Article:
Pope Francis Approves Albanian Martyrs, Irish Jesuit For Beatification

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Pope Francis Approves Albanian Martyrs, Irish Jesuit For Beatification

An Albanian bishop who died after being tortured and 37 other Catholic victims of the country's former communist regime have been recognised as martyrs. (File Photo)


Vatican City, Holy See:  An Albanian bishop who died after being tortured and 37 other Catholic victims of the country's former communist regime have been recognised as martyrs, the Vatican announced today.

The move, in a decree signed by Pope Francis on Tuesday, clears the way for each of the 38 to be beatified, a step which involves being officially recognised as 'Blessed' and can lead to sainthood at a later date.

The Holy See also confirmed that Francis has approved the attribution of a miracle to a fellow member of the Jesuit order, the Irish priest and teacher John Sullivan (1861-1933), enabling him to also be beatified.

The 38 Albanians, mostly clerics or aspiring clerics, were killed between 1945 and 1974 under the isolated and dictatorial communist regime of Enver Hoxha, who declared Albania the world's first atheist state in 1967.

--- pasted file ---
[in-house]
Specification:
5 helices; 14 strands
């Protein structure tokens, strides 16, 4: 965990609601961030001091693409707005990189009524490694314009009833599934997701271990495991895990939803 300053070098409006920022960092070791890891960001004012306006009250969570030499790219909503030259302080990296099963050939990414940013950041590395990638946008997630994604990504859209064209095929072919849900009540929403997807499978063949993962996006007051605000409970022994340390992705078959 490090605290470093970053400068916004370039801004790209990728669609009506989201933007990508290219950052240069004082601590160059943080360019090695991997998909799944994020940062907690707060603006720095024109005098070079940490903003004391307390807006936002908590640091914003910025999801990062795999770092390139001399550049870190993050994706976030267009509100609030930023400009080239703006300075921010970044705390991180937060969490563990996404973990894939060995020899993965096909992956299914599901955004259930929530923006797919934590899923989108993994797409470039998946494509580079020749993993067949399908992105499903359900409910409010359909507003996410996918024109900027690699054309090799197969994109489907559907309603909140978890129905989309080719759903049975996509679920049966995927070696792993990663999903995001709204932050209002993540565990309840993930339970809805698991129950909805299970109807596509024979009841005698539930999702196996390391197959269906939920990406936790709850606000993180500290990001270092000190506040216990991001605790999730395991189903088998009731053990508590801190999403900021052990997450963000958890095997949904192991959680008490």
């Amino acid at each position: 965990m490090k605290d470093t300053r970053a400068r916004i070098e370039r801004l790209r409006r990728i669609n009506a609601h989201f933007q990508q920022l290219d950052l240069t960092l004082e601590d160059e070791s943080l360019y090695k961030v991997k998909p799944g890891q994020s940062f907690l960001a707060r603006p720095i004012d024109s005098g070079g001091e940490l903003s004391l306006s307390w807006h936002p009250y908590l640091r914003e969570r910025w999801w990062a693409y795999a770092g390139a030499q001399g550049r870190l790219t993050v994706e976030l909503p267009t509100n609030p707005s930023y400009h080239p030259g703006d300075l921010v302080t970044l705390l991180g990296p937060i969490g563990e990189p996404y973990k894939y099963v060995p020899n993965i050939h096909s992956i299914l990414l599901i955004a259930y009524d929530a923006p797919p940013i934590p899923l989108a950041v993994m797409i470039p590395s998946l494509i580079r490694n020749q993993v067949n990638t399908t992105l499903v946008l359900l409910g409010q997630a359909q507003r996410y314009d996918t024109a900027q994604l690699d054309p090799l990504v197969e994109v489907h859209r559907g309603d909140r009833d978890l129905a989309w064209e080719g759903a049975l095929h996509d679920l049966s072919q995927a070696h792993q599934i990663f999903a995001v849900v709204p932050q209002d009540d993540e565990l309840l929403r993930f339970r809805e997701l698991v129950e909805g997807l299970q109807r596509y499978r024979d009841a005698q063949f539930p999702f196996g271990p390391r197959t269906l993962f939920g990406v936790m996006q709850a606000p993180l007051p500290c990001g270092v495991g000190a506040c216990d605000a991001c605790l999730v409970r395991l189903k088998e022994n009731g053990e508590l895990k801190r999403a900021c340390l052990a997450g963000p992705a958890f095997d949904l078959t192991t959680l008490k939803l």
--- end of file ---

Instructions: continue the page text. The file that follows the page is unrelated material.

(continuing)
The bishop who was beatified, Vincens Prenushi, was the Catholic primate of Albania and rejected Hoxha's demand for the formation of a breakaway Albanian church.

He died in prison in 1949 after being tortured.

Prennushi was among seven bishops who were either executed or died in prison under Hoxha. The Church says the regime was also responsible for the deaths of a total of 111 priests, 10 seminarists and eight nuns and the destruction of 1,820 Catholic, Muslim and Orthodox places of worship.

Pope Francis paid tribute to the Albanian faithful's resistance when he visited the country in September 2014. The pontiff was visibly moved by the personal accounts of persecution he heard from a nun and a priest now in their eighties.

That prompted him to depart from his prepared speech and ask: "How were they able to resist?"

Sullivan, who was brought up a protestant in a wealthy Dublin family, is celebrated for his work with the sick and dying in the then-impoverished villages of County Kildare in the early 20th Century.

He taught at a Jesuit school in the area, Clongowes Wood College.
His supporters have been campaigning for him to be made a saint since the 1940s.

He was declared a 'Servant of God' in 1960 and made 'Venerable' by Francis, the first Jesuit pope, in 2014.

The move from being beatified to sainthood is not automatic. Sullivan will have to have another miracle attributed to him if he is to become the latest Saint John.

Beatification is possible purely on the basis of having died for the faith but promotion to sainthood requires a miracle.

(This story has not been edited by NDTV staff and is auto-generated from a syndicated feed.)

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